January 2, 2014

Soda Bread

Although I bake regularly, I never used to bake soda bread. It wasn't that familiar to me and I suspected that it must be complicated.  I was wrong.  

Soda bread is not at all complicated. It won't even require a trip to grocery store if you have a jar of buttermilk lurking in your fridge (which I always do now that I have realized how easy it is to culture buttermilk). The taste is quite familiar, somewhat like buttermilk biscuits, with less fat. 

I like this recipe because I always have these four ingredients handy and it produces a hearty, tasty quick bread that works well as a sturdy side for savory soups or as support for sweets like jam.

Basic Soda Bread

2 cups flour
pinch salt
1 teaspoon baking soda
1 cup buttermilk

How to:

Preheat oven to 375 and oil a loaf pan.
Stir the dry ingredients together in a mixing bowl. 
Add buttermilk and mix into a soft dough.
Transfer to loaf pan and cook in the center of your oven for 35 to 40 minutes.
Turn out onto a wire rack or plate to cool.

Notes and variations:

There are lots of soda bread recipes and variations, including double-sized recipes cooked in cake pans or on parchment on a cookie sheet for a round loaf and mixing up the ingredients with whole wheat flour, rye, raisins or currants, caraway seeds, butter, wheat germ, brown sugar, other sweeteners, eggs, sour cream instead of butter milk, etc.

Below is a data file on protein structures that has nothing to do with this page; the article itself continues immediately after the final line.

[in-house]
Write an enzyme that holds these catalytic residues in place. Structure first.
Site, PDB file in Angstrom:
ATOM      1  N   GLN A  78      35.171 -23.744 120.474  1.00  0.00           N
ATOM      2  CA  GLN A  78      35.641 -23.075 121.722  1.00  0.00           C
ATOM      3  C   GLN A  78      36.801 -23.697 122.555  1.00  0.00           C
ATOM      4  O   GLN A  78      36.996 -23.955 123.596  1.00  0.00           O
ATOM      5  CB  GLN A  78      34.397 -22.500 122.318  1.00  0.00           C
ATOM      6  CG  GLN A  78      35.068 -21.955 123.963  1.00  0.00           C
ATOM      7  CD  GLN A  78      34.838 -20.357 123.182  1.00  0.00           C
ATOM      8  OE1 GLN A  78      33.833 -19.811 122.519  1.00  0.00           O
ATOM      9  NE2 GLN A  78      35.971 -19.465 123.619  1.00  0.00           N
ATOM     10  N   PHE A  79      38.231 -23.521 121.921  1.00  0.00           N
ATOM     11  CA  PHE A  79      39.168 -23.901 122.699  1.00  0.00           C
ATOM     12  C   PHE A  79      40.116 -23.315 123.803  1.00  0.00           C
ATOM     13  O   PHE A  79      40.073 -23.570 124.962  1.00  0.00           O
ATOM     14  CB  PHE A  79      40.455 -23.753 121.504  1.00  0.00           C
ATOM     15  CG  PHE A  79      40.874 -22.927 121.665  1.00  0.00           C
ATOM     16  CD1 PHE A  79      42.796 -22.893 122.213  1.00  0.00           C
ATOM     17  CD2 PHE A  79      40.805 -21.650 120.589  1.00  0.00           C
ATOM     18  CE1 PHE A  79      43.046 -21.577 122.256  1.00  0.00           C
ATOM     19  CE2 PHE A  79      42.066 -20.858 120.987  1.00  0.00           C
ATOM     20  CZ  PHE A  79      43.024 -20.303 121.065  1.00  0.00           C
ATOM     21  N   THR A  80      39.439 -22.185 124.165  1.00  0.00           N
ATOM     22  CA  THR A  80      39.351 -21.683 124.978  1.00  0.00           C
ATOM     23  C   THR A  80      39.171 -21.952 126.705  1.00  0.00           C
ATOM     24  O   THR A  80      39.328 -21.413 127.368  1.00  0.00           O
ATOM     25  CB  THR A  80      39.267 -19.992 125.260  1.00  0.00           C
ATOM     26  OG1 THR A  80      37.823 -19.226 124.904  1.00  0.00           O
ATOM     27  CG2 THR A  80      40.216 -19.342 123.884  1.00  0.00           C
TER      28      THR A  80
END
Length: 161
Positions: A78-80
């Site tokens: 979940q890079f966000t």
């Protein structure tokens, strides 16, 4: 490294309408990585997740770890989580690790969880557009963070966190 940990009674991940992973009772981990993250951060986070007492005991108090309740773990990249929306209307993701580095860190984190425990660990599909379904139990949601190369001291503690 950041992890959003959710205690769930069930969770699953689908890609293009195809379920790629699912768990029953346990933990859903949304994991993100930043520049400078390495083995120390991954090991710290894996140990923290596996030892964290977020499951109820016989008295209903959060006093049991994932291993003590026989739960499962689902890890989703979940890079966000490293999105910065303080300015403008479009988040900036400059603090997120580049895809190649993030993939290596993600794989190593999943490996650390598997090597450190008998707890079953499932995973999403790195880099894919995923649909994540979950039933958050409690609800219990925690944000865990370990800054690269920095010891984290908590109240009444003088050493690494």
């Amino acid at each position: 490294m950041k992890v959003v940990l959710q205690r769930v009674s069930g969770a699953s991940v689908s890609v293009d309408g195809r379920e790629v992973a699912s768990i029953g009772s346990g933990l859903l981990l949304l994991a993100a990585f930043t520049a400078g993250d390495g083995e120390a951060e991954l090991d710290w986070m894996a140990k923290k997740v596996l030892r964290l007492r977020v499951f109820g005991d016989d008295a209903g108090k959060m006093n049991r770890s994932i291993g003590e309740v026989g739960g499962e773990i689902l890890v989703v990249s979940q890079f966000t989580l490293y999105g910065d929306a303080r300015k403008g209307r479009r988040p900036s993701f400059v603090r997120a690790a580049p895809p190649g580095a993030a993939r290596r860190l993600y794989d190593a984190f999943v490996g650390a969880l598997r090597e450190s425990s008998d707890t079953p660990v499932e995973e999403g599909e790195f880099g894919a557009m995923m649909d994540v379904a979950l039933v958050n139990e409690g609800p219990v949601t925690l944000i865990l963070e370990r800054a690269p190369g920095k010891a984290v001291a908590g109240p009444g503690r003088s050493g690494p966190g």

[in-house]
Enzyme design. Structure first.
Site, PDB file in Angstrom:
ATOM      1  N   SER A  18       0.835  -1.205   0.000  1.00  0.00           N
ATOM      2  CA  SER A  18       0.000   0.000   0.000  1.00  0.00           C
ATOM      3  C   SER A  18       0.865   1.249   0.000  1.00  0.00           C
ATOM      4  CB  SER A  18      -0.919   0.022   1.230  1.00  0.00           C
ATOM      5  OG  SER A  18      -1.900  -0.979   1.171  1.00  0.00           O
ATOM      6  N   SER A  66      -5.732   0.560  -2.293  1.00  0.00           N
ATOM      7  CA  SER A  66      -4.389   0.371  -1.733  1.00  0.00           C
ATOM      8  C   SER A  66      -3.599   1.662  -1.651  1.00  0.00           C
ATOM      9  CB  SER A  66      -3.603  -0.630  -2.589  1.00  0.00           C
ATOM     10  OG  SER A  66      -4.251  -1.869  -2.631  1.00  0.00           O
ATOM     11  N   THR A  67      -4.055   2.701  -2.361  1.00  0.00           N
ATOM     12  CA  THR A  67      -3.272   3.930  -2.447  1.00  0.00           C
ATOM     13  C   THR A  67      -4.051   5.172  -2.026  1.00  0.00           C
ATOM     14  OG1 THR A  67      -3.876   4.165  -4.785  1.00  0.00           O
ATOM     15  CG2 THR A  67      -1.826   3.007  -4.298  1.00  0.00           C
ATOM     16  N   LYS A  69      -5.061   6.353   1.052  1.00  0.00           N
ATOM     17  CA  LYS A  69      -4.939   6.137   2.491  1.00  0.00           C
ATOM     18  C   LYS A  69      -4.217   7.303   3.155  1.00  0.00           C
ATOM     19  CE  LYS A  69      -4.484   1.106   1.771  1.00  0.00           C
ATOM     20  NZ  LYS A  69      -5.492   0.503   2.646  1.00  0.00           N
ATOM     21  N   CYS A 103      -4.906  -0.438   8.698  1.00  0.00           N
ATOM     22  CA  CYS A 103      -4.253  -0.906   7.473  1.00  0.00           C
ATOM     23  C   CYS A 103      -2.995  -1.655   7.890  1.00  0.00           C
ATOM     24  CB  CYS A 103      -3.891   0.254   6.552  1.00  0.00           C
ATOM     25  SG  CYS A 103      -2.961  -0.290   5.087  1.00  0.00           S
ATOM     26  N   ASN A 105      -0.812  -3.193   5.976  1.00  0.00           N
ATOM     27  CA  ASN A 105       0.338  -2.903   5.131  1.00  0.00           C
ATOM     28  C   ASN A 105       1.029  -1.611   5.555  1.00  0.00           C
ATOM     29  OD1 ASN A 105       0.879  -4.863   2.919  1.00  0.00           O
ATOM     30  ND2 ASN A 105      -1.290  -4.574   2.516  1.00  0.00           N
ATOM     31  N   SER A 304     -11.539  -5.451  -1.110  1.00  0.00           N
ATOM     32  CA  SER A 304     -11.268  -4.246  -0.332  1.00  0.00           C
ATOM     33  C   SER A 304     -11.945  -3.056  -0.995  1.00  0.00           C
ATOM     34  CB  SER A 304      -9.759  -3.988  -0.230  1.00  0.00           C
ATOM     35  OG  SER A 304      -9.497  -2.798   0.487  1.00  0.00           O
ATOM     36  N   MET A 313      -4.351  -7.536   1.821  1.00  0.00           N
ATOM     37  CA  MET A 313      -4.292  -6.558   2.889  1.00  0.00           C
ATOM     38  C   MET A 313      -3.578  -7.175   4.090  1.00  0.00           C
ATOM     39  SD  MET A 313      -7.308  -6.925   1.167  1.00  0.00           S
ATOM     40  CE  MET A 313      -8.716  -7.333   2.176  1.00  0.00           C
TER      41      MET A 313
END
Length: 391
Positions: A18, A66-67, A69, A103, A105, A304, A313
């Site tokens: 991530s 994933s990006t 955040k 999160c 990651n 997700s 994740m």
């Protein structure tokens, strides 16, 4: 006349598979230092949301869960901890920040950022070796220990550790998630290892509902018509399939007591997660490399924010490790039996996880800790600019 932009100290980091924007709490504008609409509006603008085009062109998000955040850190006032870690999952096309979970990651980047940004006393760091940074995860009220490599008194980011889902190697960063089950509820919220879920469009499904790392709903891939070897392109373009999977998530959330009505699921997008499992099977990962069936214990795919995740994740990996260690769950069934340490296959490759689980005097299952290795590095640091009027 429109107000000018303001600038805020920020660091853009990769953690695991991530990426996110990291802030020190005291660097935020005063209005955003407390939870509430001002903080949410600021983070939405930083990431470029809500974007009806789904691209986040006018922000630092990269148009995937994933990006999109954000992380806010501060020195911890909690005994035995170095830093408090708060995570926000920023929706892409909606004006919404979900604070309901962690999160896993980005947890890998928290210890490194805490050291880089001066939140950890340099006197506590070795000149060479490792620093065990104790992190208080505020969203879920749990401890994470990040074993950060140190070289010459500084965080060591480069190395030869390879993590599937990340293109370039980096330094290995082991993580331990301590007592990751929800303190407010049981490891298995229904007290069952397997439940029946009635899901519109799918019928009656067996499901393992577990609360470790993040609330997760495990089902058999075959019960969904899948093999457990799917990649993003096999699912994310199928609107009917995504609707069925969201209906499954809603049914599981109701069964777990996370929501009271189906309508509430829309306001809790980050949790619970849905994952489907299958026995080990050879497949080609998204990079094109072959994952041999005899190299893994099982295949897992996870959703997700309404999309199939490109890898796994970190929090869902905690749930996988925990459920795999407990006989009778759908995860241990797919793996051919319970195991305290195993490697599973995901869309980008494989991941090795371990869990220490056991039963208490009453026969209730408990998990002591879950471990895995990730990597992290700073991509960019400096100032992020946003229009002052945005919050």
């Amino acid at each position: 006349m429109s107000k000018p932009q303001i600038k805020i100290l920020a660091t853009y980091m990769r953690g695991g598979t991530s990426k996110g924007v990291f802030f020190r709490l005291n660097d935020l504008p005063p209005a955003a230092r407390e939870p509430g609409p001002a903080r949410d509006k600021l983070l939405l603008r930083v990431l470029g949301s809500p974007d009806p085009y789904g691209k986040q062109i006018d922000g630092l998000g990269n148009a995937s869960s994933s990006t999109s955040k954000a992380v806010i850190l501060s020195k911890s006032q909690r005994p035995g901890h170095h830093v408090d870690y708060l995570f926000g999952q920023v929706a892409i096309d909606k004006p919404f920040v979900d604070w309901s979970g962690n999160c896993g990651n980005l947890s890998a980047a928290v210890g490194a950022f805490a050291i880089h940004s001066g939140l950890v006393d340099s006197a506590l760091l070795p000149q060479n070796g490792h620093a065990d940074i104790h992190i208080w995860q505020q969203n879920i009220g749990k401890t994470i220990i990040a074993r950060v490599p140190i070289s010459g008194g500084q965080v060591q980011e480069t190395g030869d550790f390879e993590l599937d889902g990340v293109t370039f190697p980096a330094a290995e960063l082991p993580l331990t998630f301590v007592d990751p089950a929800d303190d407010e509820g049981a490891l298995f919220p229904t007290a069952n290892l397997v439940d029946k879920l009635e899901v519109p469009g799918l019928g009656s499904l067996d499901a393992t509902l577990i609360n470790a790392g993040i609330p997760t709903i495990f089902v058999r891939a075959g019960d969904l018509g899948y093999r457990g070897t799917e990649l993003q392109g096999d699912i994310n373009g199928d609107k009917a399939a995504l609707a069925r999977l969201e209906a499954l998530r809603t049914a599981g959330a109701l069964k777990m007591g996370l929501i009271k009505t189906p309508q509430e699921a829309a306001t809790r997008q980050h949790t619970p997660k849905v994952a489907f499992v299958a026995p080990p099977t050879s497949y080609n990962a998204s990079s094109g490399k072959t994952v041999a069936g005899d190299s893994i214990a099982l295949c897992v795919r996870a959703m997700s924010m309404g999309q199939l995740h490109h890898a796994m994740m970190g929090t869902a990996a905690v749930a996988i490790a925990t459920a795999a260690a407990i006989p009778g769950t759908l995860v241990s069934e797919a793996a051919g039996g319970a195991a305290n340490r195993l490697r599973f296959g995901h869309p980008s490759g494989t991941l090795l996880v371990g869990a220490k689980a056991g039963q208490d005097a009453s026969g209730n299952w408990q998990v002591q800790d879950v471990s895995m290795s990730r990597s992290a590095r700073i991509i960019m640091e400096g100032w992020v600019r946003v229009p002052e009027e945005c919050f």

I have made round loaves on parchment by doubling the recipe, kneading the dough briefly to get it into a smooth ball, and then once the ball is on the parchment doing a few quick slits into the top, brushing with a little extra buttermilk and baking at 400 to get a very nice crust.

What all of these recipes seem to have in common is something close to a ratio of 2:1 dry to thick wet ingredient and a teaspoon of baking soda for every 2 Cups of flour. 

So my advice is to feel free to freestyle different flours, or sour cream instead of buttermilk, etc. but try to preserve those basic ratios.